If you’d like hiking buddies or an expert guide, organised group trips are also available (eg, Some even offer luggage transfer.

When to go

Mid-June til late September is TMB season. The main snow melt ends in June, long summer days are a bonus, Alpine flower meadows peak in July and, come September, summer tourists are replaced by glorious autumnal colours.

If you yearn for solitude, avoid the week of the annual Ultra Tour du Mont Blanc event (28 August 2023), when Chamonix and the TMB trail will be ultra-busy, with 10,000 runners and their supporters zipping around.

Packing list

  • Quality trail boots
  • Collapsible trekking poles
  • Sunhat, sunglasses and sun lotion
  • Water bottles and energy bars
  • Basic first aid kit and blister repair
  • Euros: many refuges are cash-only and lack wifi
  • Flip-flops and dry, warm kit for evenings
  • Sleeping bag/liner
  • Earplugs to block out noisy bunk companions
The route takes around 11 days to complete (Margaret Batty)


Delight in the rustic charm of ‘refuge’ mountain huts. You’ll be thankful for their warmth, chilled beers, hot meals, and beds. Some refuges offer private rooms, although most have mixed-sex bunk dormitories; all have shared bathrooms and water (sometimes hot!). Bed and half board costs around €60-80 (£53-71). But it’s impossible to put a true price on the experience of staying in these off-grid, remote locations, nestled amid extraordinary Alpine scenery, with sublime starry skies.

Where the trail touches the resorts of Chamonix, Les Contamines, Courmayeur and Champex, you can swap these stripped-back stays for normal hotels.


It helps to like cheese on the TMB. A hunk of Comte and baguette for lunch? Tartiflette (melted cheese, potatoes, and ham) for supper? “La Vache Qui Rit”, soft, triangular cheese, for breakfast? And repeat... This is Savoie mountain food. You won’t go hungry, and you won’t have to carry much with you. Refuges ensure hikers are fuelled up with breakfast, supper and packed lunches.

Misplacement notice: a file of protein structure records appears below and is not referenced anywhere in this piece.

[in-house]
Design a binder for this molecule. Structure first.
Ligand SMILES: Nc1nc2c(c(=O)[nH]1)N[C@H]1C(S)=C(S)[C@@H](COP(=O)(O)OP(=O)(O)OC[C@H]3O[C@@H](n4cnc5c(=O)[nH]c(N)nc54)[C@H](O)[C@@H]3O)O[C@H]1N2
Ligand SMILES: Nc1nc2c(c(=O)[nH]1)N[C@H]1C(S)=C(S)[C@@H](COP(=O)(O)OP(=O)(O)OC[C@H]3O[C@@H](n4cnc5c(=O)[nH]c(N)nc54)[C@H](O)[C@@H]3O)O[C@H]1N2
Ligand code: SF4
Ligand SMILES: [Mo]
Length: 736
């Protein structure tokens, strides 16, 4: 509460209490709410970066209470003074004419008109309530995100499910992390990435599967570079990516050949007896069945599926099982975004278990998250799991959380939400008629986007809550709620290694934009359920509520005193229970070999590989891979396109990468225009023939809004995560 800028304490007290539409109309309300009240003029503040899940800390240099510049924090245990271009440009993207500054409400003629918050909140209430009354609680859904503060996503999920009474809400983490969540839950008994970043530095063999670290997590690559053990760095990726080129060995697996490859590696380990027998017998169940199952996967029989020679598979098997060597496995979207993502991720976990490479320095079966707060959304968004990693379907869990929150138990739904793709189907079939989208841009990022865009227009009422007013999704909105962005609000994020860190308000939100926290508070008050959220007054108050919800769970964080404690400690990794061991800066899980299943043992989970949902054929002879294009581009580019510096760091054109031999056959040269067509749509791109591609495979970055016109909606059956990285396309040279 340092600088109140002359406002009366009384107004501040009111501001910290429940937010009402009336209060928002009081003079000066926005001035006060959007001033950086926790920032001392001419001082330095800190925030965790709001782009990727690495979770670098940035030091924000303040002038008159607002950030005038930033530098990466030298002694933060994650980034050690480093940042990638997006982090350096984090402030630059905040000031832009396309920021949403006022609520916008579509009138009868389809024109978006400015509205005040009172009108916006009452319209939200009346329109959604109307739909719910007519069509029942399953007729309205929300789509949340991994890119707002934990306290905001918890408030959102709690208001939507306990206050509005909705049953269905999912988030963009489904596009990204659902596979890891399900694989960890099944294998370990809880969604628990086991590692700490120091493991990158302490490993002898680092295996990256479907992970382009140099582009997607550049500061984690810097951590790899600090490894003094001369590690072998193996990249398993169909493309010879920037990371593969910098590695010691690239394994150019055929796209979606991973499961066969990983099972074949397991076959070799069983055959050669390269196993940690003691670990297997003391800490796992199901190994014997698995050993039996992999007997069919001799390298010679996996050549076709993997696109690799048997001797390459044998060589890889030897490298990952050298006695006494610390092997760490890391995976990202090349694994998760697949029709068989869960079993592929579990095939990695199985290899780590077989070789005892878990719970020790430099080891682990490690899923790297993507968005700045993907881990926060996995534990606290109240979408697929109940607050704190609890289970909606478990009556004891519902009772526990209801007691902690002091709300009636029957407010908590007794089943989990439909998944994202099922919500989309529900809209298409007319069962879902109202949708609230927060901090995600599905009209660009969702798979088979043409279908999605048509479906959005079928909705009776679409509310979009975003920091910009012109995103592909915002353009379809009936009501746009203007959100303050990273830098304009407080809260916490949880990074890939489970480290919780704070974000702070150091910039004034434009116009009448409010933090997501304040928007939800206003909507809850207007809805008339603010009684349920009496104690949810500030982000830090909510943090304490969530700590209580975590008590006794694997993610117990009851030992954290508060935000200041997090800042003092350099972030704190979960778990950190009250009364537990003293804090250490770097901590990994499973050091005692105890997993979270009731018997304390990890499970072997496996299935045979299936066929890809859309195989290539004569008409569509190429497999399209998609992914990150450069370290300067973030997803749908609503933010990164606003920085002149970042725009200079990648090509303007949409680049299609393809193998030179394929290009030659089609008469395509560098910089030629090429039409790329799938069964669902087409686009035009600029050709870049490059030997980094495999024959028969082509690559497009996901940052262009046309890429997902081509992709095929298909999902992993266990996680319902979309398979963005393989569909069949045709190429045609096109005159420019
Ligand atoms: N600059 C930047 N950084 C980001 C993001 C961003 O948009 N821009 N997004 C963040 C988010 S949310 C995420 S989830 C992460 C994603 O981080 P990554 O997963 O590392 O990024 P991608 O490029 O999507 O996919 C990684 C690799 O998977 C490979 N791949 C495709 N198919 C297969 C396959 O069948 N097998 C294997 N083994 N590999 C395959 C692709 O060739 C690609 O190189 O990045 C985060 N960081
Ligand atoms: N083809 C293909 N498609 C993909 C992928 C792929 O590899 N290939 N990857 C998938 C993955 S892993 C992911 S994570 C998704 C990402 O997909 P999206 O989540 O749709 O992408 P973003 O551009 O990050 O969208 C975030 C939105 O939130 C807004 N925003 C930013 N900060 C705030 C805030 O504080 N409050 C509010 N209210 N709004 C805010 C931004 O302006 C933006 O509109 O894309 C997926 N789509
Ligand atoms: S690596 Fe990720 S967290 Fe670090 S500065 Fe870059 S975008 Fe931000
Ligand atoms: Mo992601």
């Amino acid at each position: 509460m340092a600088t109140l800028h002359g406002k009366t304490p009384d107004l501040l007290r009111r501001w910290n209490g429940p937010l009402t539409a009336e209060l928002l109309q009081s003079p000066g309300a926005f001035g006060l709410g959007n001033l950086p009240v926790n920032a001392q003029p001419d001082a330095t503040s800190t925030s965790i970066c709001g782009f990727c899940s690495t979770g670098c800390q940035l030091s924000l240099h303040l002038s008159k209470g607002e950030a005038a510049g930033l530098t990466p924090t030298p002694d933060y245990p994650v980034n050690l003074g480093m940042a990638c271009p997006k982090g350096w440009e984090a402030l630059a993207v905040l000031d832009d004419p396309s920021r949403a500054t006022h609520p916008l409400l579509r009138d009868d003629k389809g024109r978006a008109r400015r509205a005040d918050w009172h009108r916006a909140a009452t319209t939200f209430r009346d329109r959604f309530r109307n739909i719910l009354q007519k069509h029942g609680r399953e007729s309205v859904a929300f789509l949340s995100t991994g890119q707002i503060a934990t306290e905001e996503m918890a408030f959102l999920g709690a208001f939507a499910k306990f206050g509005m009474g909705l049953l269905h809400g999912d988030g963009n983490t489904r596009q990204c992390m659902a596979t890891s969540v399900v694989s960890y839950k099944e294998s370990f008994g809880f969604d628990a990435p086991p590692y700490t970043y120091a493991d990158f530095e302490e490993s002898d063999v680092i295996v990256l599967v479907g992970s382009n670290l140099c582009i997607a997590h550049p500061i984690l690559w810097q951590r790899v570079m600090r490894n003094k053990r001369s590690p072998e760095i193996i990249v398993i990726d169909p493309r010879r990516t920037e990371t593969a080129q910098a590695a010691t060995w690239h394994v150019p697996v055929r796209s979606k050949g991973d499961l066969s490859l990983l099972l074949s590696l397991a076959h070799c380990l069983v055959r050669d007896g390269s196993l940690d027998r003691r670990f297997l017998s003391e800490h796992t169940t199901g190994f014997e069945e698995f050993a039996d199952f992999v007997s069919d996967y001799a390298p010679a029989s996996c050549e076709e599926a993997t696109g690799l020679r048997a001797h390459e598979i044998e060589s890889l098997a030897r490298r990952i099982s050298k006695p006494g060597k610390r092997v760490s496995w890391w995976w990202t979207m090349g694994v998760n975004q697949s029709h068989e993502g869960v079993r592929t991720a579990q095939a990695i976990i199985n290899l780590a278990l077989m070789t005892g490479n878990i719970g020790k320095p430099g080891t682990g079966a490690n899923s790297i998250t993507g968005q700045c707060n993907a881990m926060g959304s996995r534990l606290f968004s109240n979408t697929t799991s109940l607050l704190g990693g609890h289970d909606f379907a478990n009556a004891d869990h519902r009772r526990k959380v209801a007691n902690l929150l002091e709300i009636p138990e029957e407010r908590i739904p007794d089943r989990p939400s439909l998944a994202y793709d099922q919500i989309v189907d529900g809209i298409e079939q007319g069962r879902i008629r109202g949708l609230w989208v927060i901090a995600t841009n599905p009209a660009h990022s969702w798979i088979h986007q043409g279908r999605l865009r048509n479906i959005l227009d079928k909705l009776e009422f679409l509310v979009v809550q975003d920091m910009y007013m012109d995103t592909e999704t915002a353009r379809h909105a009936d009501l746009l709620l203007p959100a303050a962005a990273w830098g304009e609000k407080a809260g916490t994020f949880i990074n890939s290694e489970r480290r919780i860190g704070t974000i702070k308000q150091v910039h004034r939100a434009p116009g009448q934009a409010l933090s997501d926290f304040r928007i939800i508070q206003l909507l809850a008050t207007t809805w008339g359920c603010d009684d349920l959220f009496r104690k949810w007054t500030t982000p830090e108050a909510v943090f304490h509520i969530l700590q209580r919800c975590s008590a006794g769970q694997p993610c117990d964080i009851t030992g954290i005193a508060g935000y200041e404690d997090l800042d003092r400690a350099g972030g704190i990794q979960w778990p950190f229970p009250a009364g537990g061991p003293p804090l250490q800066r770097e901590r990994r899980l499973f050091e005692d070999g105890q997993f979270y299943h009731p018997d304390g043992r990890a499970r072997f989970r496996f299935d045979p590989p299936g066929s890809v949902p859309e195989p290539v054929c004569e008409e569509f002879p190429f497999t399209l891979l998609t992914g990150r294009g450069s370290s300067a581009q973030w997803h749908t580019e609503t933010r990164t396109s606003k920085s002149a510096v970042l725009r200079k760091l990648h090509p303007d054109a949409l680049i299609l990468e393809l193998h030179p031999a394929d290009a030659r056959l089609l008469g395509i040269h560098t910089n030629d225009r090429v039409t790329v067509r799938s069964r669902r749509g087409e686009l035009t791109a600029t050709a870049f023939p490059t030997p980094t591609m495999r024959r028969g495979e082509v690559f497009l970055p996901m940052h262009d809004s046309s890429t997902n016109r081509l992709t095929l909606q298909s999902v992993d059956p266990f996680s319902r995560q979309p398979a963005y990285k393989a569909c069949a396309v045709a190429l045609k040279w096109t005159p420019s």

Highlights of the TMB

  1. The views. Impossible to pick one (Col de Balme? Col de la Seigne? Val Ferret?). Each day will reveal stunning scenery: vertiginous mountains, ancient glaciers, and snowy 4,000m (13,123ft) peaks.
  2. The simplicity of the daily TMB rhythm is a tonic: life slowed to a walking pace, mountain air, summer pastures filled with wildflowers and jingly cowbells.
  3. Meander through three European countries, witnessing rural life in traditional mountain communities.
  4. Experience warm camaraderie between fellow hikers relaxing in remote mountain refuges.
The views along the TMB are spectacular (Margaret Batty)


  • Underestimate the TMB at your peril. You’ll be climbing more than the equivalent trek to the summit of Everest.
  • Book accommodation early (especially Les Chapieux), ideally before Easter.
  • Acclimatise in the Alps for a day or so and consider a rest day in Courmayeur.
  • Don’t overpack, aim for 10kg maximum.
  • Use cable cars where they make sense (unless you’re a route purist).


First up, treat your weary body to a luxury spa in Chamonix when you finish. QC Terme is bliss. Indulge in a Brasserie du Mont Blanc beer on a cafe terrace by the glacial River Arve, and be sure to take a celebratory ride up the Aiguille du Midi cable car. From Chamonix, the distinctive red cable car shoots up to a giddy 3,842m (12,604ft), seemingly within touching distance of Mont Blanc itself. Survey your route around the massif. This is the 360-degree panorama to beat them all. Mission accomplished.

“Holiday” doesn’t do the TMB justice: the post-trek sense of accomplishment is profound and will leave a lifelong imprint.

Getting there

Chamonix is accessible by flights to Geneva and onward by a 90km (55 miles) mini-bus transfer from the airport. Chamonix is also connected by train, via the scenic Mont Blanc Express Railway.